Raleigh, NC: State officials will assess the economic and environmental feasibility of industrial hemp production, following the approval of legislation authorizing an independent commission to study the domestic production of the agricultural crop.
As enacted by the legislature, "The Beneficial Uses of Industrial Hemp Act" creates a commission to study the "economic opportunities industrial hemp provides to the state and to consider the desirability and feasibility of authorizing industrial hemp cultivation and production as a farm product in North Carolina."
The commission is anticipated to report its findings and recommendations to the 2007 General Assembly and the Environmental Review Commission by December 1, 2006.
Previous state-sponsored hemp studies commissioned in North Dakota, Kentucky, and elsewhere have estimated that hemp cultivation could yield farmers revenues from $320 to $600 per acre.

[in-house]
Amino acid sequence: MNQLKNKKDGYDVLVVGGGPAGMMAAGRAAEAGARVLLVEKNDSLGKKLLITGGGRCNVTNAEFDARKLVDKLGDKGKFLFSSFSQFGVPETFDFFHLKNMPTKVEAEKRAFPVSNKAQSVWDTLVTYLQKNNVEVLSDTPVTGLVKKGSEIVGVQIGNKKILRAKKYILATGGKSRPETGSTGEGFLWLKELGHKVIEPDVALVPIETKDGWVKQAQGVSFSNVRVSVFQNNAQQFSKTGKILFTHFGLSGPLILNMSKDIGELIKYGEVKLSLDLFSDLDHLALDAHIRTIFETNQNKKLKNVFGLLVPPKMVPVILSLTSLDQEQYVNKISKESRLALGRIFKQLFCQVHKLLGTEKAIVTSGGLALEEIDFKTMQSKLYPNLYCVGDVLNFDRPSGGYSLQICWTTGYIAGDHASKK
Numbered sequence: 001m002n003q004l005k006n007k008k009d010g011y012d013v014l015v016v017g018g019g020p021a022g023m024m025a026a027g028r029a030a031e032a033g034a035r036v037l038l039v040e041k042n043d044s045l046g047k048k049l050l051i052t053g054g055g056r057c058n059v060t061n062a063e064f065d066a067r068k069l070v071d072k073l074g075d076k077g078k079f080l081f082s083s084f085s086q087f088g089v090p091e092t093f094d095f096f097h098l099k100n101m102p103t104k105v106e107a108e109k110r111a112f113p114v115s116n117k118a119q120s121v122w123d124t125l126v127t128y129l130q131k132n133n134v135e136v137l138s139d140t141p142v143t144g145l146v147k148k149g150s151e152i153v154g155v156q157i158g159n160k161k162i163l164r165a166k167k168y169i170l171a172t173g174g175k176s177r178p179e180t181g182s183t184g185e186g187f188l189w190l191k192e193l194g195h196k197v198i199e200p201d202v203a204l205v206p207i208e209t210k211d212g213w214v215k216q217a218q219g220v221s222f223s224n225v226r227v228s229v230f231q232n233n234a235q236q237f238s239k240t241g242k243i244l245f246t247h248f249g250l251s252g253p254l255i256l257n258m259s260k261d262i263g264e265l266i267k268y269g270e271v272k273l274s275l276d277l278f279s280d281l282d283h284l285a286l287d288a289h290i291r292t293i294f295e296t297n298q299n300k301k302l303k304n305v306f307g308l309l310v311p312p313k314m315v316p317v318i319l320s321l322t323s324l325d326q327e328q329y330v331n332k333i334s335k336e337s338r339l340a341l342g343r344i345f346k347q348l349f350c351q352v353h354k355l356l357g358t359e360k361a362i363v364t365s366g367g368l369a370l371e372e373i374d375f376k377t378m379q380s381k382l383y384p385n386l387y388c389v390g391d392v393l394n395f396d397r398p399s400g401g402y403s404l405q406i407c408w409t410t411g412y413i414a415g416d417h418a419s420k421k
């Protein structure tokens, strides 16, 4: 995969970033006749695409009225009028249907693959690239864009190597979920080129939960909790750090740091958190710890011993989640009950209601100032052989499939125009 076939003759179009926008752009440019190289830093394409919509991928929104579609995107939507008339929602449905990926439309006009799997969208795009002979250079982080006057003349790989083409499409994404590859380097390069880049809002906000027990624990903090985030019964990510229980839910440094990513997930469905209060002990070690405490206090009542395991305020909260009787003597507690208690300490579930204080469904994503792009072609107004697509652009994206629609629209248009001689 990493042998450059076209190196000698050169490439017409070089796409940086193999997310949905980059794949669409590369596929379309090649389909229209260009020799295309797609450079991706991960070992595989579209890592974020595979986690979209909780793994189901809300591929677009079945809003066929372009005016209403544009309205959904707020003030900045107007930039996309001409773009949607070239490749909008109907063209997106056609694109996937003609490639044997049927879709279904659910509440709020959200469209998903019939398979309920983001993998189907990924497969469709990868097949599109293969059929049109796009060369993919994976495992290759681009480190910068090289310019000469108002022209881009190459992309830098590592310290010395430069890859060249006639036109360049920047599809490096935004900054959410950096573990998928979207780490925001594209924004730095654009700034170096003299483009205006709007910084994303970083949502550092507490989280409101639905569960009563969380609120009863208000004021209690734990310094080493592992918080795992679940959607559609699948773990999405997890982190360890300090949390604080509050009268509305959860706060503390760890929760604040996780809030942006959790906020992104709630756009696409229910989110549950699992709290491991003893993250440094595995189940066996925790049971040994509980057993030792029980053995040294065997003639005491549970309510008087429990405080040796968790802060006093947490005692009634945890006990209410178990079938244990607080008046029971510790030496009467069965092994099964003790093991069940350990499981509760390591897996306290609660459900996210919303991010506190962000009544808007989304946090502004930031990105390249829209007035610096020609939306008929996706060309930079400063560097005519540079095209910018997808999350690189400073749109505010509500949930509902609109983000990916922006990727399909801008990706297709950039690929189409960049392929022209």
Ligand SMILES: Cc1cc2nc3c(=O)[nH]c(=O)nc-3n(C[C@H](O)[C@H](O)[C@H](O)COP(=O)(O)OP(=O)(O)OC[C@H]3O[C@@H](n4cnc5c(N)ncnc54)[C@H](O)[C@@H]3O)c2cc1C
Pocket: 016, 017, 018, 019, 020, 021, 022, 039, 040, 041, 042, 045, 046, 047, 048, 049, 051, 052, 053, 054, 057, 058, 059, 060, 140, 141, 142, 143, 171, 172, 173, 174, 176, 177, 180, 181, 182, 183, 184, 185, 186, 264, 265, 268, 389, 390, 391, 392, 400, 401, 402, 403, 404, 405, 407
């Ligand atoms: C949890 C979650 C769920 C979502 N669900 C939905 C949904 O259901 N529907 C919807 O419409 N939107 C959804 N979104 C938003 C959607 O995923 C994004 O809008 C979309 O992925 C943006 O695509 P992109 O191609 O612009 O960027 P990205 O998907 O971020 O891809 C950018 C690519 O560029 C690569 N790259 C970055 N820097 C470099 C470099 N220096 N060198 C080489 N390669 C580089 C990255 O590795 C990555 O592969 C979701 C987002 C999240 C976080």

Earlier this week, California Governor Arnold Schwarzenegger (R) vetoed legislation that sought to establish regulations governing commercial hemp cultivation by state-authorized farmers, stating that federal law makes no legal distinction between hemp grown for industrial purposes and cannabis.
According to a 2005 Congressional Research Service report, "The United States is the only developed nation in which industrial hemp is not an established crop."
For more information, please contact Allen St. Pierre, NORML Executive Director, or Paul Armentano, NORML Senior Policy Analyst, at (202) 483-5500.